City Man Cited for Cleaning Dirty Water

By Pug Ransom

Published May 15th, 2016

Debris floating in the Hudson River near the Corning Preserve.

ALBANY — An Albany man was charged by police with disorderly conduct for walking along the banks of the Hudson River and removing garbage from the water.

Barry Williams, 61, was cited Thursday when officers saw him strolling through the Corning Preserve with two trash bags, a fishing net and a cleaning tool commonly known as a “Nifty Nabber.”

“Officers observed Mr. Williams as he walked down to the river where he removed several empty cans of beer and motor oil with a fishing net,” said Albany Police Department spokesman Jason Bateman. “As officers approached, Mr. Williams was then seen using a ‘Nifty Nabber’ to pick what appeared to be used tampons and a rusty license plate from the water.”

Burgard Crupp, spokesman for Albany Mayor Kathy Sheehan, said while the city encourages residents to enjoy its public spaces, it will also be vigilant in ensuring the integrity and character of those spaces are not threatened in any way.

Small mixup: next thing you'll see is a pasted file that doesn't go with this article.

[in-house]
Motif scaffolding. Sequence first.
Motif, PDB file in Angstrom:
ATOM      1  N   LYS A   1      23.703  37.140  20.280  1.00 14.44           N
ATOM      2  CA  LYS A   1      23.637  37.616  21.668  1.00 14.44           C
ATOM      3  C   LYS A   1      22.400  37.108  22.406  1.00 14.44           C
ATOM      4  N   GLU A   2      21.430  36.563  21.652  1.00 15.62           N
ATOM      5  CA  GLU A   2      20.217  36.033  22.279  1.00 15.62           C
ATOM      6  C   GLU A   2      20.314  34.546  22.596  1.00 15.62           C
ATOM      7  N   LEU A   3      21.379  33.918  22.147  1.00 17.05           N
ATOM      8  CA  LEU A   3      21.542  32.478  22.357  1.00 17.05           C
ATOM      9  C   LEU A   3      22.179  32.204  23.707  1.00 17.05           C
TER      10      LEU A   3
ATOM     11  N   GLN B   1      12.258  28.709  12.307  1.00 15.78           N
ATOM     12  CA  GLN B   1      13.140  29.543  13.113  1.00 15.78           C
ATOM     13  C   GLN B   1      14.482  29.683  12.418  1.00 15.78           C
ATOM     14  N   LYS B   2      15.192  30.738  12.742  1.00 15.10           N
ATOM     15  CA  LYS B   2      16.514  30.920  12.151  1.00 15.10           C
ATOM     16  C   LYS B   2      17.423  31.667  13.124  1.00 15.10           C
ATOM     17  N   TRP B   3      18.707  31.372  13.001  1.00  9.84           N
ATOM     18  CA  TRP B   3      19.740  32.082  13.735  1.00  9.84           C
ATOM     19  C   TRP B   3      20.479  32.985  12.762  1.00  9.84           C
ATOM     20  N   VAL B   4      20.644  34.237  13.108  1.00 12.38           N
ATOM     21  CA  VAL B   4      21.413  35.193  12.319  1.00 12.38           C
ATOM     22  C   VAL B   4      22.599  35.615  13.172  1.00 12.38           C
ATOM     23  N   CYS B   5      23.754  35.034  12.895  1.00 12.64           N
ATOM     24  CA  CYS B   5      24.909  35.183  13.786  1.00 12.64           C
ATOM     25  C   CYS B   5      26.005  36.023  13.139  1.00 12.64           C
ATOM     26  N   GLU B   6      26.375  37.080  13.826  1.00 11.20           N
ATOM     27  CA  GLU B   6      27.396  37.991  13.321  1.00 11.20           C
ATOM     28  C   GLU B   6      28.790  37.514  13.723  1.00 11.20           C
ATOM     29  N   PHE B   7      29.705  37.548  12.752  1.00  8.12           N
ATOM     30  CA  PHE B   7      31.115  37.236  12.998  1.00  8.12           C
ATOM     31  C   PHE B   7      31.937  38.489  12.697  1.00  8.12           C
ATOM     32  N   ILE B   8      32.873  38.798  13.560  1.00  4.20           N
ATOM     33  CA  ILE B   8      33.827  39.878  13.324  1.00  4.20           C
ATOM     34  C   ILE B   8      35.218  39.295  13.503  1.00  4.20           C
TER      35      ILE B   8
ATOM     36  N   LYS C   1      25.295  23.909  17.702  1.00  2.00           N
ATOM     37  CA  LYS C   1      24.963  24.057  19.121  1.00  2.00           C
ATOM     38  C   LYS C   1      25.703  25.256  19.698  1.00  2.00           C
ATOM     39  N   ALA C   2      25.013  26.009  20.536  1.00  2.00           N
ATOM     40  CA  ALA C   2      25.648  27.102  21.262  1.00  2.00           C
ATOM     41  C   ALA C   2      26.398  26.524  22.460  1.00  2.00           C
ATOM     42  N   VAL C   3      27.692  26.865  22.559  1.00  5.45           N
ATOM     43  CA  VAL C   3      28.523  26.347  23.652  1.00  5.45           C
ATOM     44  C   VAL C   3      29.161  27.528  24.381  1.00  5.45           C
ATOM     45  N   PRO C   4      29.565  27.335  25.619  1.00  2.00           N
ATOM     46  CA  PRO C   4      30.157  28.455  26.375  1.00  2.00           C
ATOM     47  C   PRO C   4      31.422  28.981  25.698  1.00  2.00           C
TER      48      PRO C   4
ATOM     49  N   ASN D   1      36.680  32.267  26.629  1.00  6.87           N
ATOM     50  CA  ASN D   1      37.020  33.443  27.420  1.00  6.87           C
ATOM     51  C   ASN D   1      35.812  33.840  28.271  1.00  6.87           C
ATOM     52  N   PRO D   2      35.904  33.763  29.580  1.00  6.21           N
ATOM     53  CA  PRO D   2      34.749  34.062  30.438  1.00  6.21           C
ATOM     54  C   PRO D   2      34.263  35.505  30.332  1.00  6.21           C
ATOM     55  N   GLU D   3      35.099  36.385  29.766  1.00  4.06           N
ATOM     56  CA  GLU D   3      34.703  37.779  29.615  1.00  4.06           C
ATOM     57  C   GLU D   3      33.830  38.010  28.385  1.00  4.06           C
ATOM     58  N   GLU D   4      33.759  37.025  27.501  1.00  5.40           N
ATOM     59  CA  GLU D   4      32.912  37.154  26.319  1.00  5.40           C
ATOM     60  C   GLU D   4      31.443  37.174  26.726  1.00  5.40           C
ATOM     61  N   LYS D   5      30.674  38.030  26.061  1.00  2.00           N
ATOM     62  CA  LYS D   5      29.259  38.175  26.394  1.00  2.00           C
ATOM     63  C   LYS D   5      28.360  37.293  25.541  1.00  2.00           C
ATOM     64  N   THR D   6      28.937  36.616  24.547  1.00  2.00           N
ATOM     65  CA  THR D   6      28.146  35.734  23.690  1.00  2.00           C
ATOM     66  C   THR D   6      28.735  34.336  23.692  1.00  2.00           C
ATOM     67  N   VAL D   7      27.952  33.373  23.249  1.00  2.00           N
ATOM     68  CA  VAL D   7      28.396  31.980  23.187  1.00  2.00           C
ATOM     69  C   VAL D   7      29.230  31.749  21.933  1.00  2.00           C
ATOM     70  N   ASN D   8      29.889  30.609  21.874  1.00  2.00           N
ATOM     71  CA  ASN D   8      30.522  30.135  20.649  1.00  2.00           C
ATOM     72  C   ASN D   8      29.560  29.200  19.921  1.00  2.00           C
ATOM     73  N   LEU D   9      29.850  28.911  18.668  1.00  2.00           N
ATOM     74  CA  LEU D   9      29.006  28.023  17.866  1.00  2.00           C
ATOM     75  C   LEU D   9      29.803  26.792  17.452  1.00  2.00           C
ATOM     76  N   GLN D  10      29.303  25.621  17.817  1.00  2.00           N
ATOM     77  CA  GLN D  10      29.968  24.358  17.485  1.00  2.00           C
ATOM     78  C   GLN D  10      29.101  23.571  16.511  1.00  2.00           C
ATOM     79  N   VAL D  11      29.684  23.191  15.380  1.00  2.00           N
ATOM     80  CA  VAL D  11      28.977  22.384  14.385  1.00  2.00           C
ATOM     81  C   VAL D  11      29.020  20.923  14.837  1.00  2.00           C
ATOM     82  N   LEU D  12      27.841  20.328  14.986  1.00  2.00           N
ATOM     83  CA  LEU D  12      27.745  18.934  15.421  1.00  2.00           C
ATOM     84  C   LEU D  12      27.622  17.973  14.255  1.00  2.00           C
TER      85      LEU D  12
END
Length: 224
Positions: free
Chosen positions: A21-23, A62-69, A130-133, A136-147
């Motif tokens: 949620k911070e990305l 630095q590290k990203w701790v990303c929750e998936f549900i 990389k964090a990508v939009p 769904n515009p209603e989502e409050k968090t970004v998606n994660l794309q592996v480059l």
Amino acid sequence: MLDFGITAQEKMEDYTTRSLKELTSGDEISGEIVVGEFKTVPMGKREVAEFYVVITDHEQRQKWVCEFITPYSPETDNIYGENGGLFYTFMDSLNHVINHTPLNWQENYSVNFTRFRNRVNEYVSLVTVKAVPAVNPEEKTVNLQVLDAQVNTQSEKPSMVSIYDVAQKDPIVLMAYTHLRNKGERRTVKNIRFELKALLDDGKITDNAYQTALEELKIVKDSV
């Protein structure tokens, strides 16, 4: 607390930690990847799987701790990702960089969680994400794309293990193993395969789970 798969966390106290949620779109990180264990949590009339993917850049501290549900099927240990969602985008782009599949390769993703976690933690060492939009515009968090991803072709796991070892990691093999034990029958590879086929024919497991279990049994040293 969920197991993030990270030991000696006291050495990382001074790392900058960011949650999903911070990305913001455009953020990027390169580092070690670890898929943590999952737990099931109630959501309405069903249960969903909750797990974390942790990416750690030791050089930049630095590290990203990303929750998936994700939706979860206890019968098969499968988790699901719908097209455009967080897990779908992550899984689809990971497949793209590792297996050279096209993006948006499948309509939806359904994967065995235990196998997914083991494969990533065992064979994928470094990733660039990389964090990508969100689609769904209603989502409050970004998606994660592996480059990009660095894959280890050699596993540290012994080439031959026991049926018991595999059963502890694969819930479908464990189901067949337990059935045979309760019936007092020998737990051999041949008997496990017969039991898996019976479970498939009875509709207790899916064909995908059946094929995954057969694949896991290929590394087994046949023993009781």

“The simple fact is, the Hudson River is as widely known for its pollution as it is its role in navigational history,” Crupp said. “We must not alter nature as we have come to know it. That’s why right now, in wake of Mr. William’s arrest, we have a work crew down at the preserve made up of Albany County Jail inmates who are throwing bags of trash back into the river. That’s what people expect to see when they visit the preserve, and they have every right to see what they expect.”

During his arraignment, Williams told City Court Judge Burl Ives that he was inspired to remove trash from the water after watching a PBS documentary about folk-signing legend Pete Seeger and the Hudson River Sloop.

“Seeger was a commie,” Ives told Williams. “If you’re so fascinated with Sloops, then I’ll see to it that your ass is tied to the front of a Sloop that’s headed out to sea and loaded with dynamite.

"Stop with the commie do-gooder shit," added the judge. "Now, I hereby impose a $150 fine payable to this court, as well as the immediate surrender of your Nifty Nabber.”


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